Watching the trailers for Yamla Pagla Deewana II
- the Deol family film, which releases this week - I was assailed by nostalgia and headed YouTube-wards to watch the song sequence from which the film gets its name: "Main Jat Yamla Pagla Deewana"
from the 1975 movie Pratigya.
As a friend, a fellow Dharmendra fan, observed during a recent conversation, this is one of the most carefree, exuberant songs in Hindi-movie history. "All the director had to do was put a liquor bottle in paaji'
s hand, give him a large open space to goof around in, along with a jeep and a few other props, and tell him to invent whatever dance moves he felt comfortable doing. And the result was magic."
Perhaps it was also a minor carry-over from Dharmendra's superb, boisterous performance as Veeru in Sholay, made a few months earlier. But watching the song, I was struck by something else - it is remarkable how unselfconscious a screen personality Dharmendra was. In most of his best work (and some of his worst work, but we'll come to that), you get the sense of a man surprisingly bereft of ego, with little trace of the narcissism and self-absorption that has always been a prime quality of our leading men.
For decades, Hindi-movie heroes of all stripes have carefully nurtured their screen images. The personas might vary from Dev Anand's sanguine urbaneness to Dilip Kumar's studied bouts with tragedy, but most of them (even the ones we think of as "understated") come with self-conscious tics, suggesting that the star-actor knows exactly what effect he is having on the audience, and is determined to milk it. Hence Raj Kapoor's martyred smiles as awara or Joker deals with life's injustices, or Rajesh Khanna's romantic head-bobbing, or young Manoj Kumar's painfully evident belief that his handsomeness was too much for any camera to bear, hence his face had to be in side-profile or covered by his hand.
Dharmendra had mannerisms too, of course, but one rarely feels that he had pre-conceptions about what he should be doing on screen - from the beginning of his career, he seemed willing to subjugate himself to the film. And this, needless to say, is a double-edged sword. Working under such men as Bimal Roy and Hrishikesh Mukherjee in the 1960s, it could mean small but powerful character parts in movies of integrity. But in the context of the direction his career took in the bad 1980s (the kuttay-kameenay years), it could mean a lack of discernment, sleep-walking his way through assembly-line multi-starrers with endless variations on the badlaa themes.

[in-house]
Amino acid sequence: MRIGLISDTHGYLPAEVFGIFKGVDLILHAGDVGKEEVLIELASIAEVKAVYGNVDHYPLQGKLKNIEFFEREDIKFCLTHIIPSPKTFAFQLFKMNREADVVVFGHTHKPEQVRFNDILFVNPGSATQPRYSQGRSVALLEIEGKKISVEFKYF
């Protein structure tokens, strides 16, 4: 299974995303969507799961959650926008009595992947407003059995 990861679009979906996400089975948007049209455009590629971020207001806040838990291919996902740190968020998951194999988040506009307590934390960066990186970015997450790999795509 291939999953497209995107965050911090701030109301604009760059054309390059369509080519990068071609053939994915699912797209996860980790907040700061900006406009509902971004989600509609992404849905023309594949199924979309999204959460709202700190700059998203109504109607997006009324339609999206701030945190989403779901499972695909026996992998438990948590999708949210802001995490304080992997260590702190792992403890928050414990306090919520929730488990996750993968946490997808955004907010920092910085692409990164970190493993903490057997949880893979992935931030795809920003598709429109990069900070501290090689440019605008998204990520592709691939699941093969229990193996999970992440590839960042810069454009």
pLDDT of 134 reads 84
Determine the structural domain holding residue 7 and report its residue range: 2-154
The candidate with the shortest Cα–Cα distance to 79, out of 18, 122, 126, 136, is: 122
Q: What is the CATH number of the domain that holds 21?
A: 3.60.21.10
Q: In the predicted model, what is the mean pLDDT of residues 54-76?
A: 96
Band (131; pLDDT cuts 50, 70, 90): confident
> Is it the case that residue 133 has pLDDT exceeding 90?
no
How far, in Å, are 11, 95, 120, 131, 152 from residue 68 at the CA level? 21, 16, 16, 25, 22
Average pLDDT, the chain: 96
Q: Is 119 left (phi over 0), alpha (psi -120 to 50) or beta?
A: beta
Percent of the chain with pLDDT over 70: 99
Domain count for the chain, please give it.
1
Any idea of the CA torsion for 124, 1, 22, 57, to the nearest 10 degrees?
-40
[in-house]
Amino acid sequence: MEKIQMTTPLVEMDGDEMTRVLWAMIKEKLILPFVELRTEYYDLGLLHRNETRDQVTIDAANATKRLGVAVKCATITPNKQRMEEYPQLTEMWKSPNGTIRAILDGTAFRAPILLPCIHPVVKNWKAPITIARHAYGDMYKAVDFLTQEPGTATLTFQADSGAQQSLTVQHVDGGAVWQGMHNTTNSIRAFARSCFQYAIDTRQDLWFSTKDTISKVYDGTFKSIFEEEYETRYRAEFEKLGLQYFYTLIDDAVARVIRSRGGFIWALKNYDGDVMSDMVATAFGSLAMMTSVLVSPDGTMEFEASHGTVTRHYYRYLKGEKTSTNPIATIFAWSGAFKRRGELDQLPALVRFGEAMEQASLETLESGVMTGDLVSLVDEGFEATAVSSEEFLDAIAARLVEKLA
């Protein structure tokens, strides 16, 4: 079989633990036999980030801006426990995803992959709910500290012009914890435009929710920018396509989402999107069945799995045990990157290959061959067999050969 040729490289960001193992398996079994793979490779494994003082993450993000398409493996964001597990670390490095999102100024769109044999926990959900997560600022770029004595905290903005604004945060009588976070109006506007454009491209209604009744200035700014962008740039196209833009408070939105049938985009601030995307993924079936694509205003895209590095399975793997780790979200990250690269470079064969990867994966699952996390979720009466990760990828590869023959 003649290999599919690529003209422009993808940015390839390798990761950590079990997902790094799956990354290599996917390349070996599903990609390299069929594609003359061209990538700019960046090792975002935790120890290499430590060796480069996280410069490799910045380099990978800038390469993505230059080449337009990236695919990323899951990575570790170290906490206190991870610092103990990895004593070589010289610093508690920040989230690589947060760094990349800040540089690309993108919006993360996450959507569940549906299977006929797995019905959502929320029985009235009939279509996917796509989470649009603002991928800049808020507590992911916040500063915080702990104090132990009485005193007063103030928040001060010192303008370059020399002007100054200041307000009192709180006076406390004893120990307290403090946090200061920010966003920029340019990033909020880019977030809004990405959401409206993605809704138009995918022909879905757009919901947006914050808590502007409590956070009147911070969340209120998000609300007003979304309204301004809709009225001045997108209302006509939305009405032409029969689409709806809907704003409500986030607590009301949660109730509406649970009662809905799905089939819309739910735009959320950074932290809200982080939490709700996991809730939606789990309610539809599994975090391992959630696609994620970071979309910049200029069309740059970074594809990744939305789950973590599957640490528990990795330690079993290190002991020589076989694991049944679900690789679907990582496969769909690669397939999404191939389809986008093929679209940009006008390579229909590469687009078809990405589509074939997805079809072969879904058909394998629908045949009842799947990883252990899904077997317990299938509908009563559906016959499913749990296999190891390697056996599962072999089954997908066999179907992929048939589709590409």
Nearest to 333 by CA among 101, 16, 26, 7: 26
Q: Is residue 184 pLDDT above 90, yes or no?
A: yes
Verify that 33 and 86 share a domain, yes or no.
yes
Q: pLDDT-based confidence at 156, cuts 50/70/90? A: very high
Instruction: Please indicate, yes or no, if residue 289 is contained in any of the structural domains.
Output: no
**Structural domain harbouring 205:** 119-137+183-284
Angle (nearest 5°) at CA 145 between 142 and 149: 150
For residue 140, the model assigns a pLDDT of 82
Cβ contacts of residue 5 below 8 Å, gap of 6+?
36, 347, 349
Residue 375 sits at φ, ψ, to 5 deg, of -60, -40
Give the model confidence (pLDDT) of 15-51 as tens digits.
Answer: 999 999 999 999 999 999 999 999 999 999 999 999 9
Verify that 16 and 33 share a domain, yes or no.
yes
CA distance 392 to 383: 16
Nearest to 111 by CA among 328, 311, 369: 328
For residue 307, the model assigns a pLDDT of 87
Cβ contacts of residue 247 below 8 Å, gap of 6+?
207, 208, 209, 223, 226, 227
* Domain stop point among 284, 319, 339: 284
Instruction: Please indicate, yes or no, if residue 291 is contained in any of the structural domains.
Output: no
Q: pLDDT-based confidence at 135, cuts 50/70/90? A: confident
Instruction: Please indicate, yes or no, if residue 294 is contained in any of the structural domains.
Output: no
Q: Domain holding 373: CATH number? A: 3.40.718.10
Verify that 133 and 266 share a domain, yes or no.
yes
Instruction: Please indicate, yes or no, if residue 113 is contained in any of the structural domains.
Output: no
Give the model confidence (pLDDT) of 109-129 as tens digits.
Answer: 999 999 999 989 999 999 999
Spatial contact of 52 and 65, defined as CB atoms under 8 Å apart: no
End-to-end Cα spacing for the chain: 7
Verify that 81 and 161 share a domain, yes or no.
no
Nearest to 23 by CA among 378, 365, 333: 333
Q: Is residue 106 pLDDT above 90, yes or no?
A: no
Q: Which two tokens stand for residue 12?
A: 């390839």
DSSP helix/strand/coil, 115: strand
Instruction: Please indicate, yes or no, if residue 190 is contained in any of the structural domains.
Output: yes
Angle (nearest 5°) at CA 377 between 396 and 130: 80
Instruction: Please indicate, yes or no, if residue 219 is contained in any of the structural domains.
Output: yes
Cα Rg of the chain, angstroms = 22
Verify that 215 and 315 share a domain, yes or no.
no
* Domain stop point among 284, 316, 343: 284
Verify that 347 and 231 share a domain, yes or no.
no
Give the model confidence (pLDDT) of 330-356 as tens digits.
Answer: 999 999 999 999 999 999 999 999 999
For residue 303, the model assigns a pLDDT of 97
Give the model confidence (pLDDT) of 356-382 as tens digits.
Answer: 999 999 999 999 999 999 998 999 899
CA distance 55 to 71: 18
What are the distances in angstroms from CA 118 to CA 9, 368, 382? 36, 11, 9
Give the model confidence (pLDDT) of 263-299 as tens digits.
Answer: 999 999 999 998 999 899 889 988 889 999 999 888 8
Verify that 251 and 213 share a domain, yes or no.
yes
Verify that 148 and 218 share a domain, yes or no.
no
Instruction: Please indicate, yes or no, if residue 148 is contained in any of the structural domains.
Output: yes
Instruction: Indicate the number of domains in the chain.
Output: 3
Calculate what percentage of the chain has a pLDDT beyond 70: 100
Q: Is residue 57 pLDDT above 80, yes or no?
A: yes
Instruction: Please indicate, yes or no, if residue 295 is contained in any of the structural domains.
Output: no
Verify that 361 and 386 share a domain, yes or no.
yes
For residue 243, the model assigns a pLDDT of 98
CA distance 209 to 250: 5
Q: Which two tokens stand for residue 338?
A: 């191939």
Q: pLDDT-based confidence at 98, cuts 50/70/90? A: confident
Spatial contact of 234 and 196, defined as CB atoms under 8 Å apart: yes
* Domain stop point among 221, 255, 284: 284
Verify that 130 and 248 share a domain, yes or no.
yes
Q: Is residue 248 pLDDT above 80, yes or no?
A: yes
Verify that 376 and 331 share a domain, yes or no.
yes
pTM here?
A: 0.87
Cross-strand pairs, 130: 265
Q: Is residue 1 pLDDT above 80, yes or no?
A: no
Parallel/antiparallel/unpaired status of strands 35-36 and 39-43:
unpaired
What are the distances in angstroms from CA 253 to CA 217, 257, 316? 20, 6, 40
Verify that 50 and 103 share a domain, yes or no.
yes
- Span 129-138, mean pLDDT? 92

In the mid-1980s, I remember Rishi Kapoor getting praise for being self-effacing enough to play secondary roles in woman-centric films like Prem Rog and Sargam. Well, Dharmendra was in a similar mould two decades earlier, a solid foot-soldier to strong heroines such as Nutan, Meena Kumari and Sharmila Tagore in films like Bandini, Majhli Didi, Anupama (or even a tiny but haunting cameo in the Waheeda Rehman-starrer Khamoshi). During this time, he was among our most likable romantic leads. He then developed into one of our best physical comedians and a convincing action hero, but the qualities that worked so well in films like Sholay and even the surreal Dharam Veer later made way for unthinking repetition. Later still, well into his sixties, he continued doing B-grade action films, made specifically for hinterland audiences.
It is a pity that such films may have marred the legacy of one of our most under-appreciated actors, but then it is never too late for redemption. With the Yamla Pagla Deewana films containing many allusions to scenes from his old movies, there are signs that Dharmendra may belatedly have developed a sense of self-importance, a meta-sense of his own filmic past. The man who so bashfully played himself in Guddi -as a movie-star who is just a normal person - may finally, at the age of 78, be facing up to his legacy. And it is a legacy that deserves to be rediscovered.
Jai Arjun Singh is a Delhi-based writer